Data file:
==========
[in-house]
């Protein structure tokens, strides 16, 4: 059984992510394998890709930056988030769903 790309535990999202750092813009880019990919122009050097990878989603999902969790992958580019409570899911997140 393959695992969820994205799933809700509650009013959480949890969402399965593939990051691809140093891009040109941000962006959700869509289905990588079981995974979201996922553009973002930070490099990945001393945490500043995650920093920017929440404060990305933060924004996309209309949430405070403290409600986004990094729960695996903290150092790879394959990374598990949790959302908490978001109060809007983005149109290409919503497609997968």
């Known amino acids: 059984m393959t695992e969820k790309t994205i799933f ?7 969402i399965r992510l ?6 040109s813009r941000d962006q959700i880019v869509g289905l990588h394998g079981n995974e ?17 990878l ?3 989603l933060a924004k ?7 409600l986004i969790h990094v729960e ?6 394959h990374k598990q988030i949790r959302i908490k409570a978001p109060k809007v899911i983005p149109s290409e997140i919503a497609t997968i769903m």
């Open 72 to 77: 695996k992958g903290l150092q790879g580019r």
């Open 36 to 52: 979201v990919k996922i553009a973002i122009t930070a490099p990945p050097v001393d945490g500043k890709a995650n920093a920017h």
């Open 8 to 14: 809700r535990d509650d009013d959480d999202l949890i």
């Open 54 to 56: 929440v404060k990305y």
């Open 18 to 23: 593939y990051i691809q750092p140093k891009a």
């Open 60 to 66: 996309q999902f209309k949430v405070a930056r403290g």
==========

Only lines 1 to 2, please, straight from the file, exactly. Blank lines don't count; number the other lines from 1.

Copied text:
[in-house]
């Protein structure tokens, strides 16, 4: 059984992510394998890709930056988030769903 790309535990999202750092813009880019990919122009050097990878989603999902969790992958580019409570899911997140 393959695992969820994205799933809700509650009013959480949890969402399965593939990051691809140093891009040109941000962006959700869509289905990588079981995974979201996922553009973002930070490099990945001393945490500043995650920093920017929440404060990305933060924004996309209309949430405070403290409600986004990094729960695996903290150092790879394959990374598990949790959302908490978001109060809007983005149109290409919503497609997968």